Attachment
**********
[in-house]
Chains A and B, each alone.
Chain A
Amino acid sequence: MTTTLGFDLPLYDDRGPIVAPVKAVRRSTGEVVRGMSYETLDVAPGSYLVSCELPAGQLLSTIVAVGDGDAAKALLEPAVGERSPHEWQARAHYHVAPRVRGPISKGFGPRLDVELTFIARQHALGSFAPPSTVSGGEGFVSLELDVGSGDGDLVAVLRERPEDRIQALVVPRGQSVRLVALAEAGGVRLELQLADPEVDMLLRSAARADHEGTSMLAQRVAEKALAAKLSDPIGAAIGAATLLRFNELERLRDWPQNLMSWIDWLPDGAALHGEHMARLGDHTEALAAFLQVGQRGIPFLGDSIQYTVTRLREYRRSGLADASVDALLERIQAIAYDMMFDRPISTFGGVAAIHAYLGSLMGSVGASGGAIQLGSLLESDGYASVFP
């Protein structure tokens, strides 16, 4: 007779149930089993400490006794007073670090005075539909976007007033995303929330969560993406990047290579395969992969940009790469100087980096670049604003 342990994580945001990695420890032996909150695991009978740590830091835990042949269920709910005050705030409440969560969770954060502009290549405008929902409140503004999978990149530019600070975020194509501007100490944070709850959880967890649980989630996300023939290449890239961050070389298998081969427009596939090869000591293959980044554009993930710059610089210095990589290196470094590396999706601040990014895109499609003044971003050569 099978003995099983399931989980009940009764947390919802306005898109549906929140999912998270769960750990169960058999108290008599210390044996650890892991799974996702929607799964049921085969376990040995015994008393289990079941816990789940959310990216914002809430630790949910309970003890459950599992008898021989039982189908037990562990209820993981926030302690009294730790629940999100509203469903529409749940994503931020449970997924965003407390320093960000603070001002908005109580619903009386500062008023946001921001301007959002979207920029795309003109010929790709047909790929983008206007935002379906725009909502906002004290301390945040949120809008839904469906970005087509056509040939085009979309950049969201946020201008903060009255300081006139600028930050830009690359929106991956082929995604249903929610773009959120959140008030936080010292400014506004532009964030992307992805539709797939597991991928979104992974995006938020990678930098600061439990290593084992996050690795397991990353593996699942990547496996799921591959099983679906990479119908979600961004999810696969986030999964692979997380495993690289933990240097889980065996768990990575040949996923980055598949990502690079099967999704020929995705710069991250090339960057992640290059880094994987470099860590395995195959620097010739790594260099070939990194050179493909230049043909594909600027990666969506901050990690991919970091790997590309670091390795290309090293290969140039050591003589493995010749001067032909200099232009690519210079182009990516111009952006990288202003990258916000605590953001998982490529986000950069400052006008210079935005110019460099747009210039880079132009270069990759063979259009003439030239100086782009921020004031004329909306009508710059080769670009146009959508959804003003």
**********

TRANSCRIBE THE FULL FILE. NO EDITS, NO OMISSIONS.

[in-house]
Chains A and B, each alone.
Chain A
Amino acid sequence: MTTTLGFDLPLYDDRGPIVAPVKAVRRSTGEVVRGMSYETLDVAPGSYLVSCELPAGQLLSTIVAVGDGDAAKALLEPAVGERSPHEWQARAHYHVAPRVRGPISKGFGPRLDVELTFIARQHALGSFAPPSTVSGGEGFVSLELDVGSGDGDLVAVLRERPEDRIQALVVPRGQSVRLVALAEAGGVRLELQLADPEVDMLLRSAARADHEGTSMLAQRVAEKALAAKLSDPIGAAIGAATLLRFNELERLRDWPQNLMSWIDWLPDGAALHGEHMARLGDHTEALAAFLQVGQRGIPFLGDSIQYTVTRLREYRRSGLADASVDALLERIQAIAYDMMFDRPISTFGGVAAIHAYLGSLMGSVGASGGAIQLGSLLESDGYASVFP
């Protein structure tokens, strides 16, 4: 007779149930089993400490006794007073670090005075539909976007007033995303929330969560993406990047290579395969992969940009790469100087980096670049604003 342990994580945001990695420890032996909150695991009978740590830091835990042949269920709910005050705030409440969560969770954060502009290549405008929902409140503004999978990149530019600070975020194509501007100490944070709850959880967890649980989630996300023939290449890239961050070389298998081969427009596939090869000591293959980044554009993930710059610089210095990589290196470094590396999706601040990014895109499609003044971003050569 099978003995099983399931989980009940009764947390919802306005898109549906929140999912998270769960750990169960058999108290008599210390044996650890892991799974996702929607799964049921085969376990040995015994008393289990079941816990789940959310990216914002809430630790949910309970003890459950599992008898021989039982189908037990562990209820993981926030302690009294730790629940999100509203469903529409749940994503931020449970997924965003407390320093960000603070001002908005109580619903009386500062008023946001921001301007959002979207920029795309003109010929790709047909790929983008206007935002379906725009909502906002004290301390945040949120809008839904469906970005087509056509040939085009979309950049969201946020201008903060009255300081006139600028930050830009690359929106991956082929995604249903929610773009959120959140008030936080010292400014506004532009964030992307992805539709797939597991991928979104992974995006938020990678930098600061439990290593084992996050690795397991990353593996699942990547496996799921591959099983679906990479119908979600961004999810696969986030999964692979997380495993690289933990240097889980065996768990990575040949996923980055598949990502690079099967999704020929995705710069991250090339960057992640290059880094994987470099860590395995195959620097010739790594260099070939990194050179493909230049043909594909600027990666969506901050990690991919970091790997590309670091390795290309090293290969140039050591003589493995010749001067032909200099232009690519210079182009990516111009952006990288202003990258916000605590953001998982490529986000950069400052006008210079935005110019460099747009210039880079132009270069990759063979259009003439030239100086782009921020004031004329909306009508710059080769670009146009959508959804003003």